The deer are also inventive about taking advantage of the water and food provided for our other visitors. They find ways to eat from seed feeders while also nibbling on trees and the dried corn cobs we throw out to supplement seed. The photo on the right, of a deer in a kangaroo poise, was taken as it repeatedly reared up to get at either the tree's leaves or its berries.

Photo: deer eating corn cob Photo: deer eating at hanging feeder station in winter Photo: deer eating tree Photo: deer rearing up to eat tree

The deer also regularly share eating space with non-dangerous fellow creatures such as our turkeys.

Photo: male deer sharing ground feeding patch with turkeys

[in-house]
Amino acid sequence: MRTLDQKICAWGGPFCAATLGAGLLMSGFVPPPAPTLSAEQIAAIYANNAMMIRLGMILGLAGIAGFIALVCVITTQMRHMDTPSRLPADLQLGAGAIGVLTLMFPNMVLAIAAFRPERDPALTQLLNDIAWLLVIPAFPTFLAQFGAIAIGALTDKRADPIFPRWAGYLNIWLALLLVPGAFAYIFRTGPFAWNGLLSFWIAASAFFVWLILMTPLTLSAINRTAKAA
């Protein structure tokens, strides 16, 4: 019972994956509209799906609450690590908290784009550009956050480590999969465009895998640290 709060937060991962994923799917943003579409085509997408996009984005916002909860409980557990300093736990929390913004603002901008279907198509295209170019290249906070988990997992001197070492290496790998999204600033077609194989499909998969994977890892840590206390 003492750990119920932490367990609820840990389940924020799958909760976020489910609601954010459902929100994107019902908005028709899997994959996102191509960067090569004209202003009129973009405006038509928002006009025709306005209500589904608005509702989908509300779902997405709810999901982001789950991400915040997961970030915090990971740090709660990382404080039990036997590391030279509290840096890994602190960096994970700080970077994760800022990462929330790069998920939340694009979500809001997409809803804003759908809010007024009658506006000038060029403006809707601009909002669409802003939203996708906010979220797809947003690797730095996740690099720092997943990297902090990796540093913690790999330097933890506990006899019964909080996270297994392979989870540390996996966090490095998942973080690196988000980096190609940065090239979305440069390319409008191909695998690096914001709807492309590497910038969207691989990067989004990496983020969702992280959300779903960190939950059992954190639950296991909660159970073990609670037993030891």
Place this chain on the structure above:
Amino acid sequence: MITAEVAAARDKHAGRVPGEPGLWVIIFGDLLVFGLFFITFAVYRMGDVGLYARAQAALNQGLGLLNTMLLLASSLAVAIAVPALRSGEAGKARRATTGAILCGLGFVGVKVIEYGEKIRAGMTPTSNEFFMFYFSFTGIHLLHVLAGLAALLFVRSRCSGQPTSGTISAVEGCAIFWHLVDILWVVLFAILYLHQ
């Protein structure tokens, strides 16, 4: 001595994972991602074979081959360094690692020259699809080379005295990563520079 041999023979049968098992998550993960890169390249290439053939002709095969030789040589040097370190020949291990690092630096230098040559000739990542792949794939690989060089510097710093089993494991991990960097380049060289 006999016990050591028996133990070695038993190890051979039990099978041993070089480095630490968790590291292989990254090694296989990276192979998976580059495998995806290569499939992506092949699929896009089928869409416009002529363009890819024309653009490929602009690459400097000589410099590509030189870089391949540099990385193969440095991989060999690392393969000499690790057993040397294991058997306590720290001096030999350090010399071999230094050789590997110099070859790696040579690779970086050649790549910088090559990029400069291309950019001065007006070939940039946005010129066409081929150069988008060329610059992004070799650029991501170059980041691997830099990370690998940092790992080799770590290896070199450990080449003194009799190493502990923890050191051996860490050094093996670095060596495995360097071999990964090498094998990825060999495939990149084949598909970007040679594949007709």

In addition to deer, coyotes and raccoons are also very regular visitors for both food and water. Over many past years we've seen a number of packs of coyote pups grow up, although less so in recent years. The photo of the six pups was taken quite a while ago, thus its fuzzier resolution.

Photo: coyote at ground feeder Photo: 6 coyote pups Photo: 3 coyote pups

Raccoons (including mothers and their kits) continue to visit regularly, and to be especially entertaining in the contortions they use to eat from tempting hanging feeders. The kits-on-a-tree shot was taken after some sound or movement led the mother to signal the kits, who immediately climbed the tree to greater safety. Raccoons also are excellent for recycling leftovers brought home from restaurants; we usually put those out on a useful stump in our side yard.